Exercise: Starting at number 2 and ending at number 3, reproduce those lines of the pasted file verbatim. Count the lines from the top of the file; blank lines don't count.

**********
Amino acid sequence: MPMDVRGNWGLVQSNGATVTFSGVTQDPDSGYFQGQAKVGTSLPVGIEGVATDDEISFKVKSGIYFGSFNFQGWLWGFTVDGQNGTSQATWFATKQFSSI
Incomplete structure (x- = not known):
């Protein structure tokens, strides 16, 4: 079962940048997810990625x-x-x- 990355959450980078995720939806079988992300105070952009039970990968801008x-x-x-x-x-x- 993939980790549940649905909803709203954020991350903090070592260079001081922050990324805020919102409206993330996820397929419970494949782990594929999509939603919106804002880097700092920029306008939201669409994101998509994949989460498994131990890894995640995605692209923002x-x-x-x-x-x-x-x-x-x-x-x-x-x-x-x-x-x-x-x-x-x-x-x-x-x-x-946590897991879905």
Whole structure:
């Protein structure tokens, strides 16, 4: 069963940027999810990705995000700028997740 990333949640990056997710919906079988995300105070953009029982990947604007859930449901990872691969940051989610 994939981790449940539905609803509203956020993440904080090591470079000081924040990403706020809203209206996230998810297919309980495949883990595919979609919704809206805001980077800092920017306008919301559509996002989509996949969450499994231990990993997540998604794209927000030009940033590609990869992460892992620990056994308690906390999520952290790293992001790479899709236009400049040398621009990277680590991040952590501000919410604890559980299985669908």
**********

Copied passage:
Incomplete structure (x- = not known):
């Protein structure tokens, strides 16, 4: 079962940048997810990625x-x-x- 990355959450980078995720939806079988992300105070952009039970990968801008x-x-x-x-x-x- 993939980790549940649905909803709203954020991350903090070592260079001081922050990324805020919102409206993330996820397929419970494949782990594929999509939603919106804002880097700092920029306008939201669409994101998509994949989460498994131990890894995640995605692209923002x-x-x-x-x-x-x-x-x-x-x-x-x-x-x-x-x-x-x-x-x-x-x-x-x-x-x-946590897991879905």